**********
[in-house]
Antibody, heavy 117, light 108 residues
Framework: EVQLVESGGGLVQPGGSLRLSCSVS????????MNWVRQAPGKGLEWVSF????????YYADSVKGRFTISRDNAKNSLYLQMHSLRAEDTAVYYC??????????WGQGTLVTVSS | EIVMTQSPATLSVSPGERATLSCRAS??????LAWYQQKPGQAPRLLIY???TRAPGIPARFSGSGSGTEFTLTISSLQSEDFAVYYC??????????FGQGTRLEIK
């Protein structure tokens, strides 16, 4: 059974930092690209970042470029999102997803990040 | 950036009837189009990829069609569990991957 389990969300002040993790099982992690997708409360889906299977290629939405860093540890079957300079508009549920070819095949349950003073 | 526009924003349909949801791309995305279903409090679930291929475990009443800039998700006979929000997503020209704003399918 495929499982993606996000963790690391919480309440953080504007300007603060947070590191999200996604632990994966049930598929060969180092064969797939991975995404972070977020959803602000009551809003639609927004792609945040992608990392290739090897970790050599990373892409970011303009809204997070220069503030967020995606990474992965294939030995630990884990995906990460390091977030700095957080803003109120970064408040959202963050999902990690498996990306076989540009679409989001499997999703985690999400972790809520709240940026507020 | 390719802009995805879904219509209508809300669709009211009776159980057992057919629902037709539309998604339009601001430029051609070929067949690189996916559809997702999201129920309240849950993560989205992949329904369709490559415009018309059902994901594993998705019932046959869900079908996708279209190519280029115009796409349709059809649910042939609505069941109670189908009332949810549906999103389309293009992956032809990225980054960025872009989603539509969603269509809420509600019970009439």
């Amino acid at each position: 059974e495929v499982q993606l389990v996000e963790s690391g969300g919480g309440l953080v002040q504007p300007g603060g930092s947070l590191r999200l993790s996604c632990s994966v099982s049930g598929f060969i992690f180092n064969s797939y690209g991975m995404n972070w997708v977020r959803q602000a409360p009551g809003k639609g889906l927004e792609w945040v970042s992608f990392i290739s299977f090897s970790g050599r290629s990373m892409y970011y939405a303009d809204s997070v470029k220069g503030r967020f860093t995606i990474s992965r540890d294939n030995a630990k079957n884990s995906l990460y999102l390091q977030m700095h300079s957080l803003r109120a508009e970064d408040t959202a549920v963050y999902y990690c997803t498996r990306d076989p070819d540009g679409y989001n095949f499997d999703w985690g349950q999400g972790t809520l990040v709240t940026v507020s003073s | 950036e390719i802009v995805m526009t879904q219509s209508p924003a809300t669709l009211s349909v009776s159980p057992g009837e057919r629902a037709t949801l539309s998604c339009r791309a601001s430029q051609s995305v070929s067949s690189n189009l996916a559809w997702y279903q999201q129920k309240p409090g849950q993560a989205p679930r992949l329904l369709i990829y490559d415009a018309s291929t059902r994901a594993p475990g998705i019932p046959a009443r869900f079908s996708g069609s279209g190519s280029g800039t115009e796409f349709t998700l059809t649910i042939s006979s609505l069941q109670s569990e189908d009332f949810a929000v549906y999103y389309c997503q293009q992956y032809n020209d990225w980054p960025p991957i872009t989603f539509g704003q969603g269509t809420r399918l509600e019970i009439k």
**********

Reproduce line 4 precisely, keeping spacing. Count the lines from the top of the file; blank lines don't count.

């Protein structure tokens, strides 16, 4: 059974930092690209970042470029999102997803990040 | 950036009837189009990829069609569990991957 389990969300002040993790099982992690997708409360889906299977290629939405860093540890079957300079508009549920070819095949349950003073 | 526009924003349909949801791309995305279903409090679930291929475990009443800039998700006979929000997503020209704003399918 495929499982993606996000963790690391919480309440953080504007300007603060947070590191999200996604632990994966049930598929060969180092064969797939991975995404972070977020959803602000009551809003639609927004792609945040992608990392290739090897970790050599990373892409970011303009809204997070220069503030967020995606990474992965294939030995630990884990995906990460390091977030700095957080803003109120970064408040959202963050999902990690498996990306076989540009679409989001499997999703985690999400972790809520709240940026507020 | 390719802009995805879904219509209508809300669709009211009776159980057992057919629902037709539309998604339009601001430029051609070929067949690189996916559809997702999201129920309240849950993560989205992949329904369709490559415009018309059902994901594993998705019932046959869900079908996708279209190519280029115009796409349709059809649910042939609505069941109670189908009332949810549906999103389309293009992956032809990225980054960025872009989603539509969603269509809420509600019970009439």